Susan A. Gelman is currently Heinz Werner Distinguished University Professor of psychology and linguistics and the director of the Conceptual Development Laboratory at the University of Michigan. Her research focuses on cognitive development, language acquisition, categorization, inductive reasoning, causal reasoning, and the relationship between language and thought. Gelman subscribes to the domain specificity view of cognition, which asserts that the mind is composed of specialized modules supervising specific functions in the human and other animals.
The development of memory in children becomes evident within the first 3 years of a child's life as they show considerable advances in declarative memory. This enhancement continues into adolescence with major developments in short term memory, working memory, long term memory and autobiographical memory.
Robert Lowell Fantz (1925–1981) was an American developmental psychologist who pioneered several studies into infant perception. In particular, the preferential looking paradigm introduced by Fantz in the 1961 is widely used in cognitive development and categorization studies among small babies.
Childhood amnesia, also called infantile amnesia, is the inability of adults to retrieve episodic memories before the age of two to four years, as well as the period before the age of ten of which adults retain fewer memories than might otherwise be expected given the passage of time. The development of a cognitive self is also thought by some to have an effect on encoding and storing early memories.
Sir Thomas Alexander Hunter was a New Zealand psychologist, university professor and administrator. He was vice chancellor of the University of New Zealand from 1929 to 1947, chairman of Massey Agricultural College from 1936 to 1938, and principal of Victoria University College from 1938 to 1951. At the age of seventy-five, Hunter retired after serving, for almost fifty years, at Victoria University College.
Sandra Trehub is a Canadian psychologist recognized for her research in the field of music psychology. She holds the position of Professor Emeritus at the University of Toronto.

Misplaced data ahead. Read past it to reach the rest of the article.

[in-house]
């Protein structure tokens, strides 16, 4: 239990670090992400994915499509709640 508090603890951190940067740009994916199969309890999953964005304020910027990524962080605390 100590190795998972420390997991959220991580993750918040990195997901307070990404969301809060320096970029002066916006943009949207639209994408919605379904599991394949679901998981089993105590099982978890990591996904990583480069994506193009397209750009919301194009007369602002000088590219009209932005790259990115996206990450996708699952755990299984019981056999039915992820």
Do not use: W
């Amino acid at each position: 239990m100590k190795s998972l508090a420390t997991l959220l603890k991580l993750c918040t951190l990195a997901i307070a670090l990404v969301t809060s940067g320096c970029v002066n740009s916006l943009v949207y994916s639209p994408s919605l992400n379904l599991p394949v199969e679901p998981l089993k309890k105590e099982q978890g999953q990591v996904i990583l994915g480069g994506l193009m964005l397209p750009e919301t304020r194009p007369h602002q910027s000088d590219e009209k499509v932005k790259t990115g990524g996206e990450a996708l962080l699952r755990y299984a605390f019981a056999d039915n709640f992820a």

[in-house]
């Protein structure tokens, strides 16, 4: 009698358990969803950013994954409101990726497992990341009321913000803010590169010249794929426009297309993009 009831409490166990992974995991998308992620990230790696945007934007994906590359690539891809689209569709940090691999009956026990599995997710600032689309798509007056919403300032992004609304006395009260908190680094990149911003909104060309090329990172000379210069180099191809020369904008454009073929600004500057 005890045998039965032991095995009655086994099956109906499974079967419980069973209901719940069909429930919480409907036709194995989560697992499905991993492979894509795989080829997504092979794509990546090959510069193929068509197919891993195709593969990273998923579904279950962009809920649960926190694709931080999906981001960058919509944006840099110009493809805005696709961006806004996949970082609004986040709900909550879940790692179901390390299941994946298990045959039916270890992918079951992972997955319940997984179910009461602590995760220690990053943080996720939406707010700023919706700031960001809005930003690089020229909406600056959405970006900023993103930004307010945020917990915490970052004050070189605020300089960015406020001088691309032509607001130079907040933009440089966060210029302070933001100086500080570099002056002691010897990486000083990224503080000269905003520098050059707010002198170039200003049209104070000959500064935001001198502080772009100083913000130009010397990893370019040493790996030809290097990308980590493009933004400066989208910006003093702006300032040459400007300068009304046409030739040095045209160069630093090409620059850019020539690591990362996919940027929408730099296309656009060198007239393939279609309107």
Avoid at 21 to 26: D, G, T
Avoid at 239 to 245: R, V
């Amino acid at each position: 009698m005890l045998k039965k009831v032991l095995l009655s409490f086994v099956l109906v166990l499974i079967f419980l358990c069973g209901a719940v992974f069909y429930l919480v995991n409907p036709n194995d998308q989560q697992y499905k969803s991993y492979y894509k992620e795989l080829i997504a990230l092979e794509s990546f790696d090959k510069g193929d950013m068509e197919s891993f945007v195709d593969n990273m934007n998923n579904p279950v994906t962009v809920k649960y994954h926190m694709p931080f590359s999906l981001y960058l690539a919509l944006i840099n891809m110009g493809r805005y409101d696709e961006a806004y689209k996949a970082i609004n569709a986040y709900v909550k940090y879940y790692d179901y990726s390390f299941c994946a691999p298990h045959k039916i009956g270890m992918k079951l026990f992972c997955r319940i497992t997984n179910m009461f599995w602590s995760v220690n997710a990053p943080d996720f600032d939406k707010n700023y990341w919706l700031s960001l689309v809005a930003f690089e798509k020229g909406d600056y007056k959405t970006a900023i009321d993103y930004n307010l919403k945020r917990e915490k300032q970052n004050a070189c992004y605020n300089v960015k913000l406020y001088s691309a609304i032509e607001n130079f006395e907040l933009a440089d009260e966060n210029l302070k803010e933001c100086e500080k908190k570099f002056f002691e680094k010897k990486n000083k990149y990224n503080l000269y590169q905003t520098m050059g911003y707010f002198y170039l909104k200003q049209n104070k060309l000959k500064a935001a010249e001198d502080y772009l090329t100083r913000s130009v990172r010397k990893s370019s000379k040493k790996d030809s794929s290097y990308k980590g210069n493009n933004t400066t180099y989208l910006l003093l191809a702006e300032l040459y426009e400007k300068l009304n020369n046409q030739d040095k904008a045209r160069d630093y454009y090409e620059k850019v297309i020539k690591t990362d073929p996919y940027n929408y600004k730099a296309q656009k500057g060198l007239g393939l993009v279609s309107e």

Richard John Blaikie is a physicist who works in the field of nano-scale optics. He is currently Deputy Vice-Chancellor at the University of Otago.
Karen E. Adolph is a psychologist and professor known for her research in the field of infant motor development. She is the 2017 recipient of the Kurt-Koffka medal from the University of Giessen. Previous honors include the 1999 APA Boyd McCandless Award and 2002 American Psychological Foundation Robert L. Fantz Memorial Award. She has served as the President of the International Congress on Infant Studies. Adolph and her colleagues developed computerized video coding software, called Datavyu, and state-of-the-art recording technology to observe and code behavior. A related project, Databrary, provides a repository for video recordings of behavior and encourages open data sharing across research labs. Adolph is a recipient of a MERIT Award from the National Institutes of Child Health and Human Development in support of her innovative research.
Patricia J. Bauer is Asa Griggs Candler Professor of Psychology at Emory University. She is known for her research in the field of cognitive development, with a specific focus on how children develop their earliest memories and how their memory is influenced by parents, peers, and the environment around them. Her research has explored the phenomenon of childhood amnesia and how social, cognitive, and neural changes relate to the development of autobiographical memory.
Carolyn Waugh Burns is a New Zealand ecologist specialising in lakes. She is an emeritus professor at the University of Otago.
Jeanne Elaine Reese is an American-New Zealand psychology academic.
Rachel Keen is a developmental psychologist known for her research on infant cognitive development, auditory development, and motor control. She is Professor Emeritus of Psychology at the University of Virginia.
Jutta Heckhausen is Professor of Psychology and Social Behavior at the University of California, Irvine. She specializes in life-span developmental psychology, motivation, individual agency and social context. She expanded her education at the Center for Social and Behavioral Science, Stanford University and at the Center for Interdisciplinary Research, University Bielefeld, Germany. At the Department of Psychology and Social Behavior at University of California, Irvine, she teaches in the areas of life-span development and motivational psychology.
Lisa Feigenson is a psychologist, professor, and director of Graduate Studies at the Department of Psychological and Brain Sciences of Johns Hopkins University. She is best known for her research on the development of children's numerical abilities, working memory, and early learning. She is also the co-director of the Johns Hopkins University Laboratory for Child Development and has served on the editorial board for Cognition since 2004 as well as the Journal of Experimental Psychology: General since 2011.